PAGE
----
Short-term pressures can cause companies to undermine the creation of value over the long term to satisfy expectations from one financial quarter to the next. Managing a company for the sake of the short term runs counter to a philosophy of long-term thinking that research shows contributes to the creation of value over time.
What provisions with respect to voting does the Long-Term Stock Exchange require?
None. There are no voting rights provisions in the rules of the exchange. Issuers can structure the rights for their shares in any of the ways that current law and regulations allow.
Would investing in a stock on the Long-Term Stock Exchange prevent shareholders from trading the stock?
No. The Long-Term Stock Exchange will not impose holding periods, lockups or any other restriction on securities listed or traded on it.
Does the Long-Term Stock Exchange reward long-term investing by offering shareholders more of a say the longer they own their shares?
No. The exchange’s rules do not take a position on enhanced voting rights for shareholders. Our software affiliate, LTSE Services, has designed a tool to facilitate enhanced voting, should a company choose on its own to implement that.
Will companies that list on the Long-Term Stock Exchange be able to use dual-class shares?
Yes. Like every other exchange, the Long-Term Stock Exchange permits companies to adopt more than one class of shares. It is generally up to a company to determine its share structure.
It has been said that the Long-Term Stock Exchange is Silicon Valley’s exchange. Is that accurate?
The Long-Term Stock Exchange is for companies in every industry that aim to build sustainable businesses and advance their visions over time.
Would companies that list on the Long-Term Stock Exchange report quarterly earnings?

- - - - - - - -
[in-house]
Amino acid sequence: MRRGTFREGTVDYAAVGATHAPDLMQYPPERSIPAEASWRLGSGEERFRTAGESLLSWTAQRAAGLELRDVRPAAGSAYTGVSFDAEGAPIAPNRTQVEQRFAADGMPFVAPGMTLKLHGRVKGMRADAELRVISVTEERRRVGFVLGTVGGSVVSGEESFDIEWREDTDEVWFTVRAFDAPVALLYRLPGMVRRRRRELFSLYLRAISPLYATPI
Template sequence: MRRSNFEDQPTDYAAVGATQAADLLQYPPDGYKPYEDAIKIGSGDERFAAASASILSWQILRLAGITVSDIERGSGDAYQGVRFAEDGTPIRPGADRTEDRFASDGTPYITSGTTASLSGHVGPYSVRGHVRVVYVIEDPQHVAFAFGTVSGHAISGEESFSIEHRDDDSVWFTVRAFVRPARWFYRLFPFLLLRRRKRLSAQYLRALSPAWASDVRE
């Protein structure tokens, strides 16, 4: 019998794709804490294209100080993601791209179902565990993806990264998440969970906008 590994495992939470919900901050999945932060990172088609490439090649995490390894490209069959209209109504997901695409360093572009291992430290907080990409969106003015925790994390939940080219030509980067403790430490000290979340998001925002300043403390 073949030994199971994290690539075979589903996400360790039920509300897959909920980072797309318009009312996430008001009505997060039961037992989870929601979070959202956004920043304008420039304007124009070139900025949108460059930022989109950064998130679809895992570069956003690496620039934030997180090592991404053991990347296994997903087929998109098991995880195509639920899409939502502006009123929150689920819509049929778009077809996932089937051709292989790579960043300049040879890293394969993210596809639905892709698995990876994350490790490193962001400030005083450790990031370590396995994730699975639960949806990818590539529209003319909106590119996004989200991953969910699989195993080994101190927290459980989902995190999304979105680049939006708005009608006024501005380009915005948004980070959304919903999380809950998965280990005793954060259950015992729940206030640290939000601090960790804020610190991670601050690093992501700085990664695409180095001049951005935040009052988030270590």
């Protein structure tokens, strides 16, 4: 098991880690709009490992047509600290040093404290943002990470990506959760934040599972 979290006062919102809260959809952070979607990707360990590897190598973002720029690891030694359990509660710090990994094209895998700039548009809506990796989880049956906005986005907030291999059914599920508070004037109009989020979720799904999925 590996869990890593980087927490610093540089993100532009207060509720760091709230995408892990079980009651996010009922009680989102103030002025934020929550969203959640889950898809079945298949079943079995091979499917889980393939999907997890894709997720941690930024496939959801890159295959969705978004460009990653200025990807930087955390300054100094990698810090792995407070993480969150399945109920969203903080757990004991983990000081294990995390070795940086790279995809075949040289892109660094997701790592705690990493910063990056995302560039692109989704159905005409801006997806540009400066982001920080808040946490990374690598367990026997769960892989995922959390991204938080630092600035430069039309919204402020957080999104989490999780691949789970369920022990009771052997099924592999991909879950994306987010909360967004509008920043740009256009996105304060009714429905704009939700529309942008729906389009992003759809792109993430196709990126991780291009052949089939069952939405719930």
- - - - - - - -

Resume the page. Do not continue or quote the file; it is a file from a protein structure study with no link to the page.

Yes. By law, U.S. public companies are required to report earnings at least quarterly. The difference is that the listing standards of the Long-Term Stock Exchange are designed to change the narrative for success, so that the quarterly results are viewed in context as part of a long-term narrative.
The Long-Term Stock Exchange aims to encourage companies to go public. But isn’t a large share of the economy being driven by privately held companies?
Thanks to both an abundance of private capital and short-term pressures in public markets, companies are staying private longer. That comes at a cost to all of us, including workers who rely on retirement accounts that invest in public company stocks. By the time some companies finally do go public, investors may have missed the opportunity to profit from the innovation that the company pioneered while private. As a public-market option designed to alleviate short-term pressures, LTSE offers companies built for innovation the ability to pursue investments and advance their vision over time while building bonds with long-term shareholders and other stakeholders.
Will companies be able to list on both the Long-Term Stock Exchange and another exchange?
Yes. We designed our exchange so that it can accept dual listings; another exchange can be the primary exchange and the Long-Term Stock Exchange can be secondary.
Who can be a member of the Long-Term Stock Exchange?
The exchange is open to any registered broker-dealer who is a member of at least one other national securities exchange and is able to clear trades. Members also can register with the exchange as market makers.
How might the Long-Term Stock Exchange affect broker-dealers?
Broker-dealers with whom we speak welcome a stock exchange that they can interconnect with easily and trade on at low cost, and that offers companies an alternative lens through which they can consider accessing or operating within the public markets. LTSE’s focus on addressing the interests of companies rather than on revenue from trading and data holds the potential to strengthen ties between broker-dealers and their customers.